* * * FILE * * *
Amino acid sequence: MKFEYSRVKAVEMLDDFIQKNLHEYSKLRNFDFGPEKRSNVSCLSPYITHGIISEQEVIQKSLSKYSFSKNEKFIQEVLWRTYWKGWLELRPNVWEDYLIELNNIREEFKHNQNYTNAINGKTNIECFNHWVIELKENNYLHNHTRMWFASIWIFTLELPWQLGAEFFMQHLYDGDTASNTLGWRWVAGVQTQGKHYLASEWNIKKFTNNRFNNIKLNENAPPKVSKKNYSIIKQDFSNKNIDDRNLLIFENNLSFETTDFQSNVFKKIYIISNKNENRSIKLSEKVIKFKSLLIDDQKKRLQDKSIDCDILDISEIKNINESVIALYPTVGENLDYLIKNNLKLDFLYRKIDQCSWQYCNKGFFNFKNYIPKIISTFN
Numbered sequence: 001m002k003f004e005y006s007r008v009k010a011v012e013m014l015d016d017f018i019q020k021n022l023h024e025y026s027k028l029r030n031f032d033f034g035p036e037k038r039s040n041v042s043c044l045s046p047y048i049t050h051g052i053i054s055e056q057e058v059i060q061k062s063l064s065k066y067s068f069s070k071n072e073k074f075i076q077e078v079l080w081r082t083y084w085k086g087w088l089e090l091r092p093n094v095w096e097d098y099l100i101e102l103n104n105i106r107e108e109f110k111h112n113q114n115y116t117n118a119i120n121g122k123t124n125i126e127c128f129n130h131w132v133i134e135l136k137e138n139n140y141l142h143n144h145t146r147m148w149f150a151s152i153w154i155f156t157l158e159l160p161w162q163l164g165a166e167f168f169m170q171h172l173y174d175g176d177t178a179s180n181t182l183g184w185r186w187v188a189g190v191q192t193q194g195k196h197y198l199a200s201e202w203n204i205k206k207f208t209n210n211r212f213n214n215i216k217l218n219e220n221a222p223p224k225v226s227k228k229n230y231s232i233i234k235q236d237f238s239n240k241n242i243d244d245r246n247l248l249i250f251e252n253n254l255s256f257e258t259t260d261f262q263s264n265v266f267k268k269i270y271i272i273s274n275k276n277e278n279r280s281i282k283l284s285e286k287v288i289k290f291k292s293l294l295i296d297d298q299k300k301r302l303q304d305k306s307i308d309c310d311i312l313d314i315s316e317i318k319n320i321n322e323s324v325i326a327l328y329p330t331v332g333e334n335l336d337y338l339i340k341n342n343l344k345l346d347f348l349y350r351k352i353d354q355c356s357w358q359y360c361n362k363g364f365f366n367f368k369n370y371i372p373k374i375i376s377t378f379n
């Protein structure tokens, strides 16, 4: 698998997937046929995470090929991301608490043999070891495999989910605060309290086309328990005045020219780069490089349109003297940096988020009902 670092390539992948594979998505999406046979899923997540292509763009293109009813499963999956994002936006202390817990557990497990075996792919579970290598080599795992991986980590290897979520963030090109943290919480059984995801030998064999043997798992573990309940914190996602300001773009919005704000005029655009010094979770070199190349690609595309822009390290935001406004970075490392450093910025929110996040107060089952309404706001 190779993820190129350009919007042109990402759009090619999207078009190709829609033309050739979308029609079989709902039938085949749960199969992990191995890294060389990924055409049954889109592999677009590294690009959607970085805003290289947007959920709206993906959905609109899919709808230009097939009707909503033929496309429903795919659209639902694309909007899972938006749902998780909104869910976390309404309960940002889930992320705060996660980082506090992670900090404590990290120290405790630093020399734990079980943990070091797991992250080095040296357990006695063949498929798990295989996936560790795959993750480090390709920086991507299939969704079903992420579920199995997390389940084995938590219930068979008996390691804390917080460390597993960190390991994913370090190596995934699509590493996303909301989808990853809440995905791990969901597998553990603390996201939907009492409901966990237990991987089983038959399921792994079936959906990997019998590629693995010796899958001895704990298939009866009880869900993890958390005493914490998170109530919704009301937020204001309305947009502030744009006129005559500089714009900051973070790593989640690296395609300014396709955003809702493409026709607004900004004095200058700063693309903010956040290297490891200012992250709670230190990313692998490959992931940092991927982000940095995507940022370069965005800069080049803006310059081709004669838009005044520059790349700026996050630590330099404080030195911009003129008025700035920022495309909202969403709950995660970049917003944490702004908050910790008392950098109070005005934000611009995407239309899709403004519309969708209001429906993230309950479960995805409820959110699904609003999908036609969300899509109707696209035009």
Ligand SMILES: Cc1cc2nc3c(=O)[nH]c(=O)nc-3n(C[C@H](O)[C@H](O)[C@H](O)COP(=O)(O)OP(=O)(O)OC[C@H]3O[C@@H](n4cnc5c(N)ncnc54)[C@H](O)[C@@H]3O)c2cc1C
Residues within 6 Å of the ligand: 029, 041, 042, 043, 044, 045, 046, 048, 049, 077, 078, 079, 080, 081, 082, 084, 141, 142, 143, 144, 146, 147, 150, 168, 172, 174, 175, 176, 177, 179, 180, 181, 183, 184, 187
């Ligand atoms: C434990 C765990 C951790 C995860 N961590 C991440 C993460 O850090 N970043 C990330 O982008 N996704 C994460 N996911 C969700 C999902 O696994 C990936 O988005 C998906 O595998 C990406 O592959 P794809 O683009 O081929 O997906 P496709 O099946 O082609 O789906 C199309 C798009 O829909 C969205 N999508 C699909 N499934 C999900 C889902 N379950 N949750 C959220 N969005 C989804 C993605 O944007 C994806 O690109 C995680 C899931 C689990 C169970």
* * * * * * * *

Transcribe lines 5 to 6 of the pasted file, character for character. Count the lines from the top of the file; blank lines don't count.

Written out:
Residues within 6 Å of the ligand: 029, 041, 042, 043, 044, 045, 046, 048, 049, 077, 078, 079, 080, 081, 082, 084, 141, 142, 143, 144, 146, 147, 150, 168, 172, 174, 175, 176, 177, 179, 180, 181, 183, 184, 187
């Ligand atoms: C434990 C765990 C951790 C995860 N961590 C991440 C993460 O850090 N970043 C990330 O982008 N996704 C994460 N996911 C969700 C999902 O696994 C990936 O988005 C998906 O595998 C990406 O592959 P794809 O683009 O081929 O997906 P496709 O099946 O082609 O789906 C199309 C798009 O829909 C969205 N999508 C699909 N499934 C999900 C889902 N379950 N949750 C959220 N969005 C989804 C993605 O944007 C994806 O690109 C995680 C899931 C689990 C169970």